Today the term grace is used as an allowance for people to ‘do what they believe they have to do’ instead of the power God provides for us to live a holy life and to carry out his commandments.

    I am having a real problem remembering if there was more than one message about homosexuality or separation/divorce or abortion in almost 20 years. Maybe I should have been outside finding the destitute, the diseased and the down-trodden instead of warming a seat.

    Garth Penglase

  • Yes Bill, this message resonates loud and strong with me.

    I grew weary of being told about “the anointing” of the Pastor when all he wants to do is talk about his “anointing” and his programs. Schemes to build his empire replace sound preaching and teaching and popular doctrine replaces biblical doctrine.

    I have been exposed to this sort of nonsense on several occasions and believe it to be a classic sign of a false prophet.

    We were required to follow whatever he said or did without question because of this “exclusive” anointing.

    Apparently this sort of thing is widespread throughout the church today.

    All born again believers are anointed in the sense of being set apart by God for God and the bible says we are to judge all things according to the standards of the Word of God. Therefore it is time to leave when Pastors talk like this rather than preaching the Word of God.

    I thank the Lord that I have now found a Pastor who values the Word of God and is prepared to preach it faithfully. We live in a time when people will not tolerate sound doctrine so we need to support faithful expositors of the Word of God to the best of our ability.

    Wayne Capell

  • I agree completely with you Garth. The problem with with the Church of Christ is we build a building and that building becomes more important than key instructions Christ left us with. “Go and make disciples of all men”, “look after the widow and the orphan and do not forget the poor”. Instead we want to be spoon feed every time we go to church, we want the best seats in the house and we want our ears tickled just enough to get us through to the next time. Christ also said to, “love one another as I have loved you”. We become so churchified and moulded that we become a Christian clone of each other. God wants us to be completely unveiled in this area and realise that the Church is not just in the four walls but out on the streets, living in commission housing, sleeping in cardboard boxes and every one we meet every day. We need the pure Word of God not a watered down milk bottle. I agree with you Bill, I have spoken to some people about the way Australia will not in the future be so free in its way of religion to have those people look at me like I had horns and then said to me “I believe that we are going to have it easier”. Tickled ears with a resounding gong did not go down well.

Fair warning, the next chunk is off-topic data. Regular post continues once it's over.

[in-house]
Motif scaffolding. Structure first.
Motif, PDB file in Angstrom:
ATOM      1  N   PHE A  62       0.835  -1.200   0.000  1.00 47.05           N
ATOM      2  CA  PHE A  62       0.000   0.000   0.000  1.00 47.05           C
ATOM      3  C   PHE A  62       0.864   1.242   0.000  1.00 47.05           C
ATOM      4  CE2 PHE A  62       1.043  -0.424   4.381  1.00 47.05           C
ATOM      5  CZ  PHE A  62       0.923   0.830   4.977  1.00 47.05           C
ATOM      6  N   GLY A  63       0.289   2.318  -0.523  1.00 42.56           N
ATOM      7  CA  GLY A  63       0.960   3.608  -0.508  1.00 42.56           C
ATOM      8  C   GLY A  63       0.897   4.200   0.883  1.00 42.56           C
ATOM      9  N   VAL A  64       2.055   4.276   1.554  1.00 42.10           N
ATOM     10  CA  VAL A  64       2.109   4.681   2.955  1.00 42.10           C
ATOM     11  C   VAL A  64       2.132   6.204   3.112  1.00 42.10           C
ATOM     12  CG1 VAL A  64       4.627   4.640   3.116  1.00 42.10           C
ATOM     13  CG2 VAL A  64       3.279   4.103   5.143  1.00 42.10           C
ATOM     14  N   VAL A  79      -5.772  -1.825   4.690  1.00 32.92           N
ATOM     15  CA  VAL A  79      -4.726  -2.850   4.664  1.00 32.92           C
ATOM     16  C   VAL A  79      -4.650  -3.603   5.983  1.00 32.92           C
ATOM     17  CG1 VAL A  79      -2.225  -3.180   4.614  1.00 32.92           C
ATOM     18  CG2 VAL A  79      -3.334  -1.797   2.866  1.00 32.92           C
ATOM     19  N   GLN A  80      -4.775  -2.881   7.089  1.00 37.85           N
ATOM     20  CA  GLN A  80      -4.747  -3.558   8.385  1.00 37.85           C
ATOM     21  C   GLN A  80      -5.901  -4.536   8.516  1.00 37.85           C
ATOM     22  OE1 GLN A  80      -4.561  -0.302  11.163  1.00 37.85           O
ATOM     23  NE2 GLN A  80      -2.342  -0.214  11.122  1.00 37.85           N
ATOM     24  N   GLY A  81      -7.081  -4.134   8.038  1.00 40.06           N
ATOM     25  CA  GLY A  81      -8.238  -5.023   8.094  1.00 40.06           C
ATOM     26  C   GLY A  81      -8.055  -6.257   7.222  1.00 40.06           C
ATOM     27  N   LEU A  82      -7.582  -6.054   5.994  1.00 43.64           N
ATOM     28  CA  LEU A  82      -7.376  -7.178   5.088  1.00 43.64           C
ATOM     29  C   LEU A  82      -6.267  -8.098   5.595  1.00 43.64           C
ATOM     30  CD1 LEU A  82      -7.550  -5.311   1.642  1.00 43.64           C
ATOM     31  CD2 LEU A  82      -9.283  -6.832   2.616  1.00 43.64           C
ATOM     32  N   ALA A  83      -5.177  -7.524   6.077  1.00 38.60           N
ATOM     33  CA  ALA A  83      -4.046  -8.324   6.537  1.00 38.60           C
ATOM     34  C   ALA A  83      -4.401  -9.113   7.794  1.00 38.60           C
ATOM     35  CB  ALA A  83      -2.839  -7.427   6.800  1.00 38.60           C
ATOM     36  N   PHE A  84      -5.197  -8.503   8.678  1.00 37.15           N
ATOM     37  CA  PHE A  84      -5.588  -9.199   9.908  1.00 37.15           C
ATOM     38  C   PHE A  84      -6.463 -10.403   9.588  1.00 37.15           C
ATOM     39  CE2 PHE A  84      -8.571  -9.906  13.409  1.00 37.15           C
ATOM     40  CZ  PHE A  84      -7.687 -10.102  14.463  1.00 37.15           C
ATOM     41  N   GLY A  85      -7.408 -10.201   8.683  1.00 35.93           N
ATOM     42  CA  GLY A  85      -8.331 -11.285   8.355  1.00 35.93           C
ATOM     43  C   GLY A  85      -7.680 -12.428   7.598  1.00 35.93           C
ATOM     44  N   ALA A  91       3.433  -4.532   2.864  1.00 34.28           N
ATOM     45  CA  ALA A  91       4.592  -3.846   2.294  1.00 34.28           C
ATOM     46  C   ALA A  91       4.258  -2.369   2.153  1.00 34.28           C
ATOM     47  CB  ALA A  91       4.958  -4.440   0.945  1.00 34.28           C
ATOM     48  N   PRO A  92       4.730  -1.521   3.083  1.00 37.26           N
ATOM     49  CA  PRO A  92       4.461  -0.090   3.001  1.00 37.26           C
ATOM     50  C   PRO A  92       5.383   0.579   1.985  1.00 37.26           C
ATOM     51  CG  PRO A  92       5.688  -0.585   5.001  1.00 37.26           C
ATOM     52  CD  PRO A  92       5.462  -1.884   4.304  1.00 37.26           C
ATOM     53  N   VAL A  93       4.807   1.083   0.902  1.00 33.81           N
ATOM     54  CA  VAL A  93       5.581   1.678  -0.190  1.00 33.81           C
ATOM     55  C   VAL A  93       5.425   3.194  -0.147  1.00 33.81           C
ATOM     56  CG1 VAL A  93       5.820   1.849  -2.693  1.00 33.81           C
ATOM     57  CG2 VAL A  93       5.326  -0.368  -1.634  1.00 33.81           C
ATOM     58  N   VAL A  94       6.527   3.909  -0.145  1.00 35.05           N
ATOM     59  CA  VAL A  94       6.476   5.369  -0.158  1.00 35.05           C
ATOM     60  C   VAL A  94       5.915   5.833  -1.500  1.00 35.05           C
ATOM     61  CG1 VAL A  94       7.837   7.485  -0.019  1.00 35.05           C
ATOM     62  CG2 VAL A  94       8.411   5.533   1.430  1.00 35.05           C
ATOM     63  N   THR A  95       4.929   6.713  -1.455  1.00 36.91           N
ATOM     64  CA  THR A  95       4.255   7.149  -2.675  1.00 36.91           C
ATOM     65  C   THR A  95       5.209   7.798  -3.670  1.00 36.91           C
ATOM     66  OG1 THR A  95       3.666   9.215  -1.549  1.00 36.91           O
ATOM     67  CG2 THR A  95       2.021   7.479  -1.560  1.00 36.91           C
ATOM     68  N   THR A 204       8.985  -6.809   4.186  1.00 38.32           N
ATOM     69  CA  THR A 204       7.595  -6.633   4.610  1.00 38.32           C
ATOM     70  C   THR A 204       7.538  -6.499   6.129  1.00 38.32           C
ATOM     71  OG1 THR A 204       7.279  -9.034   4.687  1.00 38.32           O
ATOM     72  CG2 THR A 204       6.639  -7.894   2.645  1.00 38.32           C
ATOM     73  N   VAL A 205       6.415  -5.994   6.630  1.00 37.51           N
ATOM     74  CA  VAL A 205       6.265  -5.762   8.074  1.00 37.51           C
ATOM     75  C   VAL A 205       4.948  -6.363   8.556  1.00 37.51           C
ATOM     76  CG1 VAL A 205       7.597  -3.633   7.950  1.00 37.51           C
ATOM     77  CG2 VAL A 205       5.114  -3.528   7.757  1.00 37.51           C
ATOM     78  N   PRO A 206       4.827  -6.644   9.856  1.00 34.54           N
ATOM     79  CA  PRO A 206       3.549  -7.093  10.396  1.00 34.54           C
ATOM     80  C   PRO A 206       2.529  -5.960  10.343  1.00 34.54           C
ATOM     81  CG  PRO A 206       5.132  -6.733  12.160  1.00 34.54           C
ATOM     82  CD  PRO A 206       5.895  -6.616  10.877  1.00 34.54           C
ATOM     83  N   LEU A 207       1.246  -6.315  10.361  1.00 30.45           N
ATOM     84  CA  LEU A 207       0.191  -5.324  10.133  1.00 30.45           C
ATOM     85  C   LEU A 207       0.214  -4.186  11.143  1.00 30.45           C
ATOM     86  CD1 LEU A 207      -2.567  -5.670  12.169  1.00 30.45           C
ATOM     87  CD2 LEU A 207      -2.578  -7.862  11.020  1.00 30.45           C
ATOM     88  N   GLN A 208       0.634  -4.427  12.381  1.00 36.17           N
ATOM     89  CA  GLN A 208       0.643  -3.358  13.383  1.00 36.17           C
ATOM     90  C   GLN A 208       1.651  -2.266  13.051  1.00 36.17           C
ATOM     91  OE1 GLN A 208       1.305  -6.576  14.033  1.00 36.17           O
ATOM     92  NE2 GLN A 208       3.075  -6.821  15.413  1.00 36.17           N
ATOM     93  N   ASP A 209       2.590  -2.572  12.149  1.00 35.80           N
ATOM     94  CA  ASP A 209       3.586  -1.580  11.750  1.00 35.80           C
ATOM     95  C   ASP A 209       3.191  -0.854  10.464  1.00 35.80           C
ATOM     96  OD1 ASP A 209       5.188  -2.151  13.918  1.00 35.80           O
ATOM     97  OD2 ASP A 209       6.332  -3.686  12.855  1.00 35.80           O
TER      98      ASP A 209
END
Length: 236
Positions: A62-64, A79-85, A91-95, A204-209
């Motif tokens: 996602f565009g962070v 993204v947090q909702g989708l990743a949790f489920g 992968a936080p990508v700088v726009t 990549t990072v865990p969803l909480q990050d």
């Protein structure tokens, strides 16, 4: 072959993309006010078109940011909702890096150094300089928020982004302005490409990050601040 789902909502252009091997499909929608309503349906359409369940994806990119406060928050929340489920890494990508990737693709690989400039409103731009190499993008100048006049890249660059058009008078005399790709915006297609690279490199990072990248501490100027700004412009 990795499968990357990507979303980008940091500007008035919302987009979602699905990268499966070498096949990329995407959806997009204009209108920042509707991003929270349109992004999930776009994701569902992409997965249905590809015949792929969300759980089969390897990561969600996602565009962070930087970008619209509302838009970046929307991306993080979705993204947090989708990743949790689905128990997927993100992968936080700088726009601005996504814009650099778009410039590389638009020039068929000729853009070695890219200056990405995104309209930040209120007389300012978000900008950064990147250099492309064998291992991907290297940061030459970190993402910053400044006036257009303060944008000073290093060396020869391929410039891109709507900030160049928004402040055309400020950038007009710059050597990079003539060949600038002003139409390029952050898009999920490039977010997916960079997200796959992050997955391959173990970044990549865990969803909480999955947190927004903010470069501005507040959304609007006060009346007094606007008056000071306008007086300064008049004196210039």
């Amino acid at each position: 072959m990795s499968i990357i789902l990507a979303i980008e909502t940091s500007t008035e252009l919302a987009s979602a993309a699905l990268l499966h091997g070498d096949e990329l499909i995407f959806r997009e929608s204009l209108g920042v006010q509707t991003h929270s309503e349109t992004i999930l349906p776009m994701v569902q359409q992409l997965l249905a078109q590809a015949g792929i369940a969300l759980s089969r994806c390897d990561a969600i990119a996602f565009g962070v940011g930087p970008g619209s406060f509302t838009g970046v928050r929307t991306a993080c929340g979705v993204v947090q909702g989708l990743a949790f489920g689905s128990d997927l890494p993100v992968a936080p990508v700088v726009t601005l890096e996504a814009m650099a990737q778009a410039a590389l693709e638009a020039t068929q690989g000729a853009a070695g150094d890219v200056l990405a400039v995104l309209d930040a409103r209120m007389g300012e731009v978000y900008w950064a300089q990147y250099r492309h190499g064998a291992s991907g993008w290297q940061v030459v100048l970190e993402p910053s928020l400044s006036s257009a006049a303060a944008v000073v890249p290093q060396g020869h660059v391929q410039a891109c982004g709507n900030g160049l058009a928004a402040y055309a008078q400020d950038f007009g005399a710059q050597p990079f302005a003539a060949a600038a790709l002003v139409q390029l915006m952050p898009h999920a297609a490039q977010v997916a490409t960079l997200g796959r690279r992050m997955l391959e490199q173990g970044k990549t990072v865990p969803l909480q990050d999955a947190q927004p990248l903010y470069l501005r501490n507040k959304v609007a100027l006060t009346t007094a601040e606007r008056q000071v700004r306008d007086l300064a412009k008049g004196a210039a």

Francesca Collard

  • The big problem in the modern church is that Prophacy is linked to money. The visiting guest speaker, reknowned for his prophetic gift, also gets to take home a bag fat cheque. Is he likely to give a hard word or a rebuke? Not likely. The other thing I’ve seen is the visiting prophet stays with the local pastor or at least socialises extensively with him during his visit. People are discussed, agendas muted, attitudes put forward etc. How can the prophet stay true to the word God is giving him? Even the purest of heart can’t help but be influenced by the agendas of the local pastor. If he doesn’t he won’t get asked back next year. Having said that I have know some guest speakers who know in their spirit that something is “on the nose” in a church. But rather than giving a word of correction would rather speak the opposite in and preach words and messages to inspire the church to be better than it is. This is the pure prophetic but very rare. Most prophets just sing for their supper.
    Noel Were

  • And one of the scribes came up and heard them disputing with one another, and seeing that he answered them well, asked him, “Which commandment is the most important of all?” Jesus answered, “The most important is, ‘Hear, O Israel: The Lord our God, the Lord is one. And you shall love the Lord your God with all your heart and with all your soul and with all your mind and with all your strength.’ The second is this: ‘You shall love your neighbor as yourself.’ There is no other commandment greater than these.” (Mark 12:24-31)
    To Earnestly Contend For The Faith Does Encompass Arguing In Defense Of It
    The obvious answer to the question “Did Jesus Ever Argue Doctrine” is: Yes; absolutely, yes. In fact, we see an example of this right from the text I just cited above from the Gospel of Mark, which happens to be the end of a series of arguments Mark tells us Jesus had been having with Jewish religious leaders. It’s only because the visible church with its Rodney King theology, fearful of conflict, has decided to follow the whimsical ways of our effete culture that Christ’s confrontational style has been hidden.
    So instead people turn to fickle fools advancing the teachings of demons spewed from the deceitful spirits operating within the sinfully ecumenical Emergent Church aka the Emerging Church—with its postmodern version of liberalism i.e. Emergence Christianity (EC)—like Adam Walker Cleaveland to tell them incredibly stupid things like Jesus Was Wrong, and/or they will turn to EC dreamers like Samir Selmanovic, whom you may recall from Emerging Church Leader Samir Selmanovic Worships With Witches, and who tells us he “has been integral to the birth of the emerging church movement, serving as a member of the Coordinating Group of Emergent Village.”
    Wayne Capell